Evaluating hyperfiltration with glycine in hypertensive rats with renal ablation.
Hypertension-induced renal damage is mediated by increased glomerular pressure and flow. These alterations have been evaluated by the renal response to protein or amino acids. To test this assumption, we studied glomerular hemodynamic responses to glycine infusion in rats with reduced renal mass, with and without Goldblatt hypertension. The left kidney was ablated by two thirds in 12 rats, and in 5, hypertension was induced by clipping the right renal artery. Seven normal, unmanipulated rats served as controls. Micropuncture was performed in the left kidney during control and 15% glycine infusion periods, 45 days after surgery. Arterial pressure was higher in hypertensive rats (160.3 mm Hg) than in controls (103.8 mm Hg) and rats with renal ablation (125 mm Hg; p less than 0.05). Higher values of single-nephron glomerular filtration rate and single-nephron plasma flow in rats with renal ablation (63.0, 223.7 nl/min) and hypertension (46.1, 239.7 nl/min) than in controls (28.8, 94.9; p less than 0.05) demonstrated the presence of hyperfiltration. However, glomerular pressure was elevated only in hypertensive rats (40.1 mm Hg), when compared to controls (32.7 mm Hg; p less than 0.05) and rats with renal ablation (33.4 mm Hg; p less than 0.05). Glycine increased single-nephron glomerular filtration rate and single-nephron plasma flow in control rats by 76 and 65%; rats with renal ablation had only partial responses, 35% and 23%, respectively, whereas in hypertensive rats the response was completely abolished. Glycine detected hyperfiltration and unmasked a dysfunction of preglomerular vessels that was greater in hypertensive rats and could contribute to the rise in glomerular pressure and flow and thereby to glomerular damage.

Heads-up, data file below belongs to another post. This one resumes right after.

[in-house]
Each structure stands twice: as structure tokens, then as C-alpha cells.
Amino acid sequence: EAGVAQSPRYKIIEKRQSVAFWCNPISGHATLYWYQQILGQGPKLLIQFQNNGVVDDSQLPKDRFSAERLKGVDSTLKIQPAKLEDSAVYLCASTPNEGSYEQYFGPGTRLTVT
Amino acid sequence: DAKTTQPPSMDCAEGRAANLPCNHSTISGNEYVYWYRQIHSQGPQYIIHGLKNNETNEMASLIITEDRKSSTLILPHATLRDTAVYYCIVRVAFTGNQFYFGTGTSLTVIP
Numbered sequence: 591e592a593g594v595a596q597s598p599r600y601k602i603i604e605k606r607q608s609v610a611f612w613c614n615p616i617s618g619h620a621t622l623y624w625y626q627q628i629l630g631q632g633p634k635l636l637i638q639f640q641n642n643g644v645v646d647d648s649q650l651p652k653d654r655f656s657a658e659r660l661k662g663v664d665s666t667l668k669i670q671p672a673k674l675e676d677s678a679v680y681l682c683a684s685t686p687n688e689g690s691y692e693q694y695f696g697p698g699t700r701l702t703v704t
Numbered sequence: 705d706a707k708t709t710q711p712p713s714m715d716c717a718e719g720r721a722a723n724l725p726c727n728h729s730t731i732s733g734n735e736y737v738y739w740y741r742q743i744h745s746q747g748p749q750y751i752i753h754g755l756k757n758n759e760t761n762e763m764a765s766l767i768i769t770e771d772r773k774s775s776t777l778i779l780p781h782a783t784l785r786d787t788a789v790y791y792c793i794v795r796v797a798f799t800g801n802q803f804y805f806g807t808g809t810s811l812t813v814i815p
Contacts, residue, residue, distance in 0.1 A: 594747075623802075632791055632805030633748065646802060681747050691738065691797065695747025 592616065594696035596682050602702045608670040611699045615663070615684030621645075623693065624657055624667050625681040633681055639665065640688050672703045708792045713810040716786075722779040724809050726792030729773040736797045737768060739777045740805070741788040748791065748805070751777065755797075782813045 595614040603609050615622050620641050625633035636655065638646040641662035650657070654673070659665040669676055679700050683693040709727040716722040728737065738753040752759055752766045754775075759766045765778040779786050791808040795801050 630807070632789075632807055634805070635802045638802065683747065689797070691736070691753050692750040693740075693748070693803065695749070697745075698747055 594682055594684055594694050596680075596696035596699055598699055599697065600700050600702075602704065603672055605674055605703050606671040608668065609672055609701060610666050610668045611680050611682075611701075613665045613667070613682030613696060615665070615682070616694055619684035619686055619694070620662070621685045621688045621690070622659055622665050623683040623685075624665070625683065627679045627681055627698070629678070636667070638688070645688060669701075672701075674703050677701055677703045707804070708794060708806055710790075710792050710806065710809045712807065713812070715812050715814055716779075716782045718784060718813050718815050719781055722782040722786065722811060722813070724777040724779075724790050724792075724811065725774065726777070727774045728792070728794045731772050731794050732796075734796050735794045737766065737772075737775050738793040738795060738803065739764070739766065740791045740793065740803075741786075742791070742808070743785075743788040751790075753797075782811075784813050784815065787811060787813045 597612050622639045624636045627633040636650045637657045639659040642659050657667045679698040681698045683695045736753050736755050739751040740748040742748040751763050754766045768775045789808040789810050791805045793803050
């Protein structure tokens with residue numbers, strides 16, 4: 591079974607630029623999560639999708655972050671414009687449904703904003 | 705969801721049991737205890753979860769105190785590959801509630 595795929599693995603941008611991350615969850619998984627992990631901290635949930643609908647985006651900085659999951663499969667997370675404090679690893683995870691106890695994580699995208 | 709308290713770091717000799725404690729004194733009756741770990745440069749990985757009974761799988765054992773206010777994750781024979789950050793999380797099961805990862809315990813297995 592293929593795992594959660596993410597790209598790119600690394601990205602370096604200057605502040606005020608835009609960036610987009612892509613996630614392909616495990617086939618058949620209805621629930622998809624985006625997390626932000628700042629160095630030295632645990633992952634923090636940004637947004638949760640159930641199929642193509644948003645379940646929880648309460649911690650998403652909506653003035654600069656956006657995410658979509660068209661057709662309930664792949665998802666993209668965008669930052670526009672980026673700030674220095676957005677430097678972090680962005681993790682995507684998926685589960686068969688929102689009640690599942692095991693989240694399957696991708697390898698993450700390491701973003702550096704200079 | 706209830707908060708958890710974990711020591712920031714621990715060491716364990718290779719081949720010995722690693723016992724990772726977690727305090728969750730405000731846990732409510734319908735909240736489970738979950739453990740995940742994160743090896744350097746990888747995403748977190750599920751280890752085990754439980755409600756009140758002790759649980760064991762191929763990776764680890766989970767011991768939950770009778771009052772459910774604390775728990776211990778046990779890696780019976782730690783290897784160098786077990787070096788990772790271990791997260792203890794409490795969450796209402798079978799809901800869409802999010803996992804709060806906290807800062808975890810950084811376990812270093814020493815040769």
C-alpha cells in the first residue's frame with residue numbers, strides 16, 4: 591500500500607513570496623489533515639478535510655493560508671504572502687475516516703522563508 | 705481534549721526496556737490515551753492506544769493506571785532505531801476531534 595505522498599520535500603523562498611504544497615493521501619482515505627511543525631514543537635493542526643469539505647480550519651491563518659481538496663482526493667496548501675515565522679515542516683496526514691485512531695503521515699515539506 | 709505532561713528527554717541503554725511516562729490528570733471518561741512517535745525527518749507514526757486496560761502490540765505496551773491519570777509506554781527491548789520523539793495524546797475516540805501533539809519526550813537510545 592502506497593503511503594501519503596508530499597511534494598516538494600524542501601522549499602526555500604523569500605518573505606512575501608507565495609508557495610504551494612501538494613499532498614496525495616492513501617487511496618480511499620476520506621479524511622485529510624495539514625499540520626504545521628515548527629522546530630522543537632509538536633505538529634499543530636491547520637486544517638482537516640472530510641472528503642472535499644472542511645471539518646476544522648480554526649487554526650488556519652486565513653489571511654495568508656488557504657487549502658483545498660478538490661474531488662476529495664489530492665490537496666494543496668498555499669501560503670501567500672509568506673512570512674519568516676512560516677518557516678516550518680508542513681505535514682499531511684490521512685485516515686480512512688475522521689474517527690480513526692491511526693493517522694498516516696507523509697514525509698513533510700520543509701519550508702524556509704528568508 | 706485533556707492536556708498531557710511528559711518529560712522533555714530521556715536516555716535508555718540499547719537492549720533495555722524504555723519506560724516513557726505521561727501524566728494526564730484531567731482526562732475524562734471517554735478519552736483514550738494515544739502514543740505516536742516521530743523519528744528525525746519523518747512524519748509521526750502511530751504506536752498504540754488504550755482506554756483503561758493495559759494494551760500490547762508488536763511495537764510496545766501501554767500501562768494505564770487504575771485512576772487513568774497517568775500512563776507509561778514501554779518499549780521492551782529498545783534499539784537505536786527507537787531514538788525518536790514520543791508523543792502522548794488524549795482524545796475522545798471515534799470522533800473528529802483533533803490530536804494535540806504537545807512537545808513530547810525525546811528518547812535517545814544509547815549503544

- Copyright © 1988 by American Heart Association